First, the US has far more leeway in negotiating plea deals by inviting suspects to come forward to proffer, as “Queen for a Day”, their knowledge of a crime with the assurance that their evidence will not be used against them in later proceedings. UK prosecutors have no equivalent mechanism under the Serious Organised Crime and Police Act 2005 to incentivise middlemen to spill the beans about their bosses with the assurance of a lighter sentence. Worse yet, the SFO’s recent spate of failed prosecutions of individuals – not least in the Unaoil case – gives those wishing to do the right thing by coming forward little hope that their evidence is likely to result in their bosses being successfully convicted.
Second, the US’s much more robust corporate liability regime means prosecutors have a much stronger hand to play when negotiating with big companies. While the Bribery Act has made it easier for UK prosecutors to go after companies that fail to prevent bribery, much of Unaoil’s activity happened well before it came into effect. If the SFO had had tougher rules covering the period they were investigating they may well have been able to deliver much better outcomes.
Pursuing the proceeds of Unaoil’s corruption
The SFO can’t change the past, but it can start to put things right. So far it does not appear to have taken any steps to recover Unaoil’s proceeds of crime in the UK. The SFO’s investigation into the four Unaoil executives uncovered schemes to pay $17 million in bribes to secure contracts in Iraq worth $1.7 billion. It is entirely probable that the proceeds of some of this bribery, whether through direct bribes or through corruptly made profits, may have ended up in the UK. The Pandora Papers revealed that Ata Ahsani invested at least $7.5 million of Unaoil’s proceeds in UK property funds through offshore structures. As UK citizens, it is likely that the Ahsanis may have some assets in the UK. It would be a travesty if these potential proceeds of corruption ended up in the US treasury rather than our own.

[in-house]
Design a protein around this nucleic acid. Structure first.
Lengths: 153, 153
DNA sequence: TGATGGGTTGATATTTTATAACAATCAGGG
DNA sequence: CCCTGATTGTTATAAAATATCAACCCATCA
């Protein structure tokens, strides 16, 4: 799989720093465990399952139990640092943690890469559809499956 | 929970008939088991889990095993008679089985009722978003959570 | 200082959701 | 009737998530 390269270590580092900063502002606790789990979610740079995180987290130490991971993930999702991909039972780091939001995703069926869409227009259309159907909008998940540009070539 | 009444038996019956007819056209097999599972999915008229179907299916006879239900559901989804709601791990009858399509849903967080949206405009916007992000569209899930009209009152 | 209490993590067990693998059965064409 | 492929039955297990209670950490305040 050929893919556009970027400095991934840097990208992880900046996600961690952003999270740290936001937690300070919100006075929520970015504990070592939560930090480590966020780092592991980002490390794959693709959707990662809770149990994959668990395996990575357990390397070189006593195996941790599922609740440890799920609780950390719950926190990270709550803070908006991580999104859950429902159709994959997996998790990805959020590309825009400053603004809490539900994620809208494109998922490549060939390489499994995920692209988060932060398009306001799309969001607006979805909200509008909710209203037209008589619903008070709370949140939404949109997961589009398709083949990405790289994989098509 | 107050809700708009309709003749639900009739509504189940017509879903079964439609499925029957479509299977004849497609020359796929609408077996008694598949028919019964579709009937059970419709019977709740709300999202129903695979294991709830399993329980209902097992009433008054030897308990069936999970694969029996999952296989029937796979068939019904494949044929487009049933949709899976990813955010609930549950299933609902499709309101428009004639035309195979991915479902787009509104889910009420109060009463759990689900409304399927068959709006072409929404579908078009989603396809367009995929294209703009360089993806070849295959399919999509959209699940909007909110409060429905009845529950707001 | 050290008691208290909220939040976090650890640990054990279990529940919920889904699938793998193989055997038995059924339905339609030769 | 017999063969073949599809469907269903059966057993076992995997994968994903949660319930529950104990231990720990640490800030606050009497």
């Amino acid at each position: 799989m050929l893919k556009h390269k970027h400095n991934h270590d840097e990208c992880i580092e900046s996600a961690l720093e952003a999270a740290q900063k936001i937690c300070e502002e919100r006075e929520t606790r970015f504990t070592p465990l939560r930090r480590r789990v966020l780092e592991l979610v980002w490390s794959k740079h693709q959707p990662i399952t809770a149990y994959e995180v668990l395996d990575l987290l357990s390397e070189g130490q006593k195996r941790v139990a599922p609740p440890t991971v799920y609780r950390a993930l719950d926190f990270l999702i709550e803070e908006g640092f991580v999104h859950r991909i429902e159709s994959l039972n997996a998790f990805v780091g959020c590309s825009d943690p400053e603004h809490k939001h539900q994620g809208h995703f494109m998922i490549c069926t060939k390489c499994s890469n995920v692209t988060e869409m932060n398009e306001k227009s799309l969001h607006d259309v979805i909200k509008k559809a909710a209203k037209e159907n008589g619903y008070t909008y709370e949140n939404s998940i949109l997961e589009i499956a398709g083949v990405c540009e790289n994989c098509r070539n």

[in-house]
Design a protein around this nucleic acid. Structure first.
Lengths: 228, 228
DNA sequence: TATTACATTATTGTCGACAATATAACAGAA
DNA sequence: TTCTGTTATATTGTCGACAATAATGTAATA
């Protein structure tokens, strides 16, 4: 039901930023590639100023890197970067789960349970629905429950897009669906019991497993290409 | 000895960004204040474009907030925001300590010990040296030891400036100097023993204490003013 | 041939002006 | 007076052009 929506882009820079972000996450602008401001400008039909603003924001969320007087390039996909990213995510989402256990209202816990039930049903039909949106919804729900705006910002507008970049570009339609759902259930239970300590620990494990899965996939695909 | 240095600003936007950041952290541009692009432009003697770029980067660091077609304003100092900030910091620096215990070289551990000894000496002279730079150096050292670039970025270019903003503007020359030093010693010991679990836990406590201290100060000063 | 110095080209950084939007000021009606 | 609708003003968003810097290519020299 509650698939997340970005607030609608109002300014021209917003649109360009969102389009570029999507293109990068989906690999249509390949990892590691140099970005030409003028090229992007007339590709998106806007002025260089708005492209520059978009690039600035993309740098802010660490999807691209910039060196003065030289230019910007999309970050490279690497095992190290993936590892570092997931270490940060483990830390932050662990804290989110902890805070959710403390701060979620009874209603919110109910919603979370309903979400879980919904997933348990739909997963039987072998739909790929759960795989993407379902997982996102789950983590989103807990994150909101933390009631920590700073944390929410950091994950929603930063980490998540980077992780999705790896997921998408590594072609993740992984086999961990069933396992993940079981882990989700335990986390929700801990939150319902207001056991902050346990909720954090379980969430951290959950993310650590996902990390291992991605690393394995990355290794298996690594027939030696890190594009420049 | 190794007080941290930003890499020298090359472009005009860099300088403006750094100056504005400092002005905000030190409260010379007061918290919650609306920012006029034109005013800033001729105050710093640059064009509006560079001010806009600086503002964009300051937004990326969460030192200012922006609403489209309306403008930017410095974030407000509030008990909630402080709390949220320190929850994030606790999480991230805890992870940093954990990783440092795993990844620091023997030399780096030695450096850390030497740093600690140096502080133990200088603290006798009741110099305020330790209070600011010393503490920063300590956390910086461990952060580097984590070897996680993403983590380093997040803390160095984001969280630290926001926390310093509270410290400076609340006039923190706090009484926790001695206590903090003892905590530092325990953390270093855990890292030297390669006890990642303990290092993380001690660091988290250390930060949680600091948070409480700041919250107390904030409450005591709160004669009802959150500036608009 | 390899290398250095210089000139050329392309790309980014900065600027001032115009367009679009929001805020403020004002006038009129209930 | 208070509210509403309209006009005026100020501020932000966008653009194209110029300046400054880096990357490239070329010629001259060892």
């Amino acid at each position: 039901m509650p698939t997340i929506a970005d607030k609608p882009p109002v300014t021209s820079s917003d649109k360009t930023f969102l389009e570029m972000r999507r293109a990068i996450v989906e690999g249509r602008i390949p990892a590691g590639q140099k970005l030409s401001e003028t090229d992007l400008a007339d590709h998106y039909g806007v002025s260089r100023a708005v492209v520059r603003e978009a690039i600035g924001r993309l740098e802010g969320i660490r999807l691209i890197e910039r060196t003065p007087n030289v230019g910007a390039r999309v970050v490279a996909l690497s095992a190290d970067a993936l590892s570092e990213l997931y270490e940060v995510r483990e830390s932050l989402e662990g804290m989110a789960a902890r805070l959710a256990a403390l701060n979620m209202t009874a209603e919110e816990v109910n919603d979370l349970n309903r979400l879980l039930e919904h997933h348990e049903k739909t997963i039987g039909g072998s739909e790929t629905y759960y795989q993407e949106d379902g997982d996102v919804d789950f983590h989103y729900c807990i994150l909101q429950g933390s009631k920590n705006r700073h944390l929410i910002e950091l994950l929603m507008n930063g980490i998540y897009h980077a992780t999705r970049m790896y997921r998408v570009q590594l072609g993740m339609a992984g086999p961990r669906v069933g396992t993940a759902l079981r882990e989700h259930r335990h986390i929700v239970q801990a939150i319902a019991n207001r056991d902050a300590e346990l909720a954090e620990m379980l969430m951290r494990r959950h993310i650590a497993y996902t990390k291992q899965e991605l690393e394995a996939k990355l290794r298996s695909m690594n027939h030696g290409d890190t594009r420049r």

Now that criminal proceedings are wrapped up in the UK and Saman Ahsani has been sentenced in the US, Spotlight has written to the SFO to renew our concerns – first raised in 2021 – about the apparent lack of enforcement action in relation to the proceeds of Unaoil’s corruption. Showing resilience and renewed resolve, the SFO needs to now take swift steps to deprive those who escaped criminal liability in the UK from enjoying the fruits of their corruption.